While treatment for the diabetes itself is overseen by other health specialists, a foot and ankle surgeon plays a significant role in helping the patient reduce the risk of amputation. Foot and ankle surgeons have special surgical and conservative techniques that are effective for joint reconstruction and for promoting wound healing in the lower extremities. Regular checkups with a foot and ankle surgeon are recommended as part of a strong diabetes treatment regimen.

What Can I Do to Help Lower My Risk of Injury?
There are several things a patient with diabetes can do to help reduce their risk of experiencing painful foot, ankle, or leg injuries. These include:
• Perform daily inspections of your feet, ankles, and legs to look for any signs of discoloration, swelling, nail changes, and other noticeable differences
• Inspect your toes daily for changes in color. If they turn pink, red, or purple when sitting, then there may be a circulation problem
• Keep your nails trimmed
• Avoid treating corns and calluses yourself and never use over-the-counter medicated pads
• Make sure your floors are free of sharp objects
• Wear shoes at all times, even indoors
• Check your shoes and socks before putting them on
• Have your legs, ankles, and legs tested for loss of sensation by a foot and ankle surgeon on a regular basis

Foot Care Guidelines for Diabetics
Along with injury prevention methods, a diabetic patient also needs to practice excellent foot care. Here is a guideline you can use to help ensure your feet, ankles, and legs are well cared for and your diabetes is held in check:
• Follow your doctor’s orders for keeping your blood sugar under control
• Examine your feet every day
• Wash your feet in warm, not hot, water every day
• Dry your feet thoroughly, including between the toes
• Apply skin lotion to the top of your feet (but not between the toes) to help keep the skin soft and moisturized
• Use a pumice stone to gently smooth corns or calluses (only if your diabetes is under control and you are at low risk of skin injuries)
• Trim your toenails once a week, and trim the nail straight across
• Avoid digging into the corners of your nails
• Wear socks at night
• Avoid crossing your legs for extended periods of time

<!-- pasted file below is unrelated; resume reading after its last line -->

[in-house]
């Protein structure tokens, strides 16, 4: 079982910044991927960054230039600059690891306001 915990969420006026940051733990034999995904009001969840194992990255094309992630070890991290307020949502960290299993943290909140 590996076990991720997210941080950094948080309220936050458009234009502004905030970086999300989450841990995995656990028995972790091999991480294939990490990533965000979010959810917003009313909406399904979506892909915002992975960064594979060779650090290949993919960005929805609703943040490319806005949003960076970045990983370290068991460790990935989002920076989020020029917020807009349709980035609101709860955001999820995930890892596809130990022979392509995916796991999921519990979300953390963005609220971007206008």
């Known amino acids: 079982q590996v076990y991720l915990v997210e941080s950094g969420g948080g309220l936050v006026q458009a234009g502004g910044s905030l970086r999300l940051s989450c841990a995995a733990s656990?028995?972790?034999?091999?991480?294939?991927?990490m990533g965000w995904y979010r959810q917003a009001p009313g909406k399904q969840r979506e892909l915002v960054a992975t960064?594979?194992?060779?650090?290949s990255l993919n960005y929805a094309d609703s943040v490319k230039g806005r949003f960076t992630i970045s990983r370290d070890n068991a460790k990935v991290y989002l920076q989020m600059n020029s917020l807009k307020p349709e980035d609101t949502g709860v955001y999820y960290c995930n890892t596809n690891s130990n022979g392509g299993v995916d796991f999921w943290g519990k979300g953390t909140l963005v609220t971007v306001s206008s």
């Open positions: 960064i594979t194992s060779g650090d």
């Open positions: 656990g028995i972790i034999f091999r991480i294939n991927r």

• Avoid smoking
• Wiggle your toes and rotate your ankles for five minutes, at least two to three times a day to help improve circulation

When is Amputation Necessary?
Amputation is sometimes the only way to restore a diabetic patient’s ability to walk in cases where vascular surgery is unable to improve the blood flow to the feet, but it is the goal of the foot and ankle surgeon to prevent this from occurring. The extent of the amputation depends on many factors, including the part of the foot or leg being affected, the health of the patient, and more. In some cases only one or two toes may require amputation whereas in more severe cases, the lower leg may need to be removed.

Regardless of the case, you surgeon at Pennsylvania Foot and Ankle Associates will discuss all of the conservative and surgical treatment options available to you so you can make the most informed decision about your treatment plan.

Flat Feet

Flat feet is a condition that while common, is often complex, because it has varying degrees of severity. Flat feet cases can feature a wide array of symptoms and the patient’s level of deformity and disability can also differ greatly.

Common Characteristics of Flat Feet Cases
While there are varying types of flat feet cases, they each share a number of similar characteristics that your doctor will use to help diagnose the condition. These common characteristics include:
• Partial or total loss of the arch
• A short Achilles tendon
• Bunions
• Hammertoes
• Toe drift

What is “Flexible” Flat Feet?
Flexible flat feet is a condition that usually begins in childhood or early adolescence and progresses as one enters adulthood. This is one of the most common types of flat feet and it is so named because the arch disappears when the foot is flat against the ground but returns once the foot is raised. Common symptoms of flexible flat feet include: